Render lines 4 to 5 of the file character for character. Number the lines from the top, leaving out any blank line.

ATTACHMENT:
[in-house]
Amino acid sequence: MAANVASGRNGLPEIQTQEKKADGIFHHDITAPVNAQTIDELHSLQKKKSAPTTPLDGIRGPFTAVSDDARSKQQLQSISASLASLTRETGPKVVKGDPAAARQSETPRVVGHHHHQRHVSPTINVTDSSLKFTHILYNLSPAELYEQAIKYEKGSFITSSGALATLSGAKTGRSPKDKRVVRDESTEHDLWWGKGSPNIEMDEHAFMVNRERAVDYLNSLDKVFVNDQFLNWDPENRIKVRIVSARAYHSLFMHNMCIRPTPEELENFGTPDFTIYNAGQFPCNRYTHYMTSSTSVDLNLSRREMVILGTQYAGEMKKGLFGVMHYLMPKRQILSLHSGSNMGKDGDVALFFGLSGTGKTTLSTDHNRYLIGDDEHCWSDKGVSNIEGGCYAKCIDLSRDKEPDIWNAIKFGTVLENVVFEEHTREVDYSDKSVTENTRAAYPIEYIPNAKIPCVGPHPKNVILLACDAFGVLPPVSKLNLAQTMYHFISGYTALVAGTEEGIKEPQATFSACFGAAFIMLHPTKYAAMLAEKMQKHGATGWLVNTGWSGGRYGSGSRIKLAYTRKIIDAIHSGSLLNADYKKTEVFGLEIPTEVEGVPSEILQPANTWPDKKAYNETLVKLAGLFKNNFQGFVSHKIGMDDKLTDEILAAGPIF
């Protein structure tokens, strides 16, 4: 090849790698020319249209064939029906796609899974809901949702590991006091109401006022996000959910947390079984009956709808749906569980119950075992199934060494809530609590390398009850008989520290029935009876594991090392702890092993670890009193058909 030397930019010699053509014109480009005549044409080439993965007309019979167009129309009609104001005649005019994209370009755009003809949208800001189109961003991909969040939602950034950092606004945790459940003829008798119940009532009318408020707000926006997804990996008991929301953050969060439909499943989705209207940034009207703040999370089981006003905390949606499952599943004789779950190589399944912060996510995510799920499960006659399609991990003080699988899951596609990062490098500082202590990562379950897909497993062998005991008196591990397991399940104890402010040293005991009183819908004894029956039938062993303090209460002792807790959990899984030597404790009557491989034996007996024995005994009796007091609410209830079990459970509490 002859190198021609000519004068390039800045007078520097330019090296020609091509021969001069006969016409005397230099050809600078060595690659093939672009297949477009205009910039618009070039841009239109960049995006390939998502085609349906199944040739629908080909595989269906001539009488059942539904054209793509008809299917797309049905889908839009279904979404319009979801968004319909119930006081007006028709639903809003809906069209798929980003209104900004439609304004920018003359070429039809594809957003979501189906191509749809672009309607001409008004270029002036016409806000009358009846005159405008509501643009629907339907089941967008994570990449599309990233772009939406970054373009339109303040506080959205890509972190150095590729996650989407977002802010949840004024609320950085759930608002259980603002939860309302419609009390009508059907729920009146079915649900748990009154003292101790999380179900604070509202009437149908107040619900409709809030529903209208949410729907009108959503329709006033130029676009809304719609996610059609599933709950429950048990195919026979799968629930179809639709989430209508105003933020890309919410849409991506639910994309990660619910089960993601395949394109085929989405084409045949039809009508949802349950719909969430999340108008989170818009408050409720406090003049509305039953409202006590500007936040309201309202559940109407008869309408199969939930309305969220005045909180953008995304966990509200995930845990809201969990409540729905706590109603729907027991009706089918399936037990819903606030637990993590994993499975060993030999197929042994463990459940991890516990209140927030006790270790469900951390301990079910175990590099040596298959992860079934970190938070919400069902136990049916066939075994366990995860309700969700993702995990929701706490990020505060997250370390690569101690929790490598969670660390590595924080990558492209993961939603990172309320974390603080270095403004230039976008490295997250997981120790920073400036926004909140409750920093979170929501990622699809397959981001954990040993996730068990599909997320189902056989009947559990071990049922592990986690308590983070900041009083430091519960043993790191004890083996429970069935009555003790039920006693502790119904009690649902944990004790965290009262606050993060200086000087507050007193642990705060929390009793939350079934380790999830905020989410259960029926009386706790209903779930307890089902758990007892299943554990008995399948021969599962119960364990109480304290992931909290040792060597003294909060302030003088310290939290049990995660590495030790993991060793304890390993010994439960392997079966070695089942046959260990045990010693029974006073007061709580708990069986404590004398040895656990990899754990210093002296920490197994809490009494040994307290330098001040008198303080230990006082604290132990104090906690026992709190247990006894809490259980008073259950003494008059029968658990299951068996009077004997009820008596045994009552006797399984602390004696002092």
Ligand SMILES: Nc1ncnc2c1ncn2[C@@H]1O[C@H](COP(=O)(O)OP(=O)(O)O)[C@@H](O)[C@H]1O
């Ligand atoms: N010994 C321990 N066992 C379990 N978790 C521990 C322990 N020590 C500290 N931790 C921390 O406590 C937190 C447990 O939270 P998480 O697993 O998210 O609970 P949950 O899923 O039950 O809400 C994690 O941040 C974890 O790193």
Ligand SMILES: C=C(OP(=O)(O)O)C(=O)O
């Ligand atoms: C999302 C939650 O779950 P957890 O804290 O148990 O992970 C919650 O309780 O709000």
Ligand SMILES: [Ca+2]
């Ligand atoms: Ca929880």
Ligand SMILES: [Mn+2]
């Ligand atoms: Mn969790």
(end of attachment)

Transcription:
Ligand SMILES: Nc1ncnc2c1ncn2[C@@H]1O[C@H](COP(=O)(O)OP(=O)(O)O)[C@@H](O)[C@H]1O
């Ligand atoms: N010994 C321990 N066992 C379990 N978790 C521990 C322990 N020590 C500290 N931790 C921390 O406590 C937190 C447990 O939270 P998480 O697993 O998210 O609970 P949950 O899923 O039950 O809400 C994690 O941040 C974890 O790193």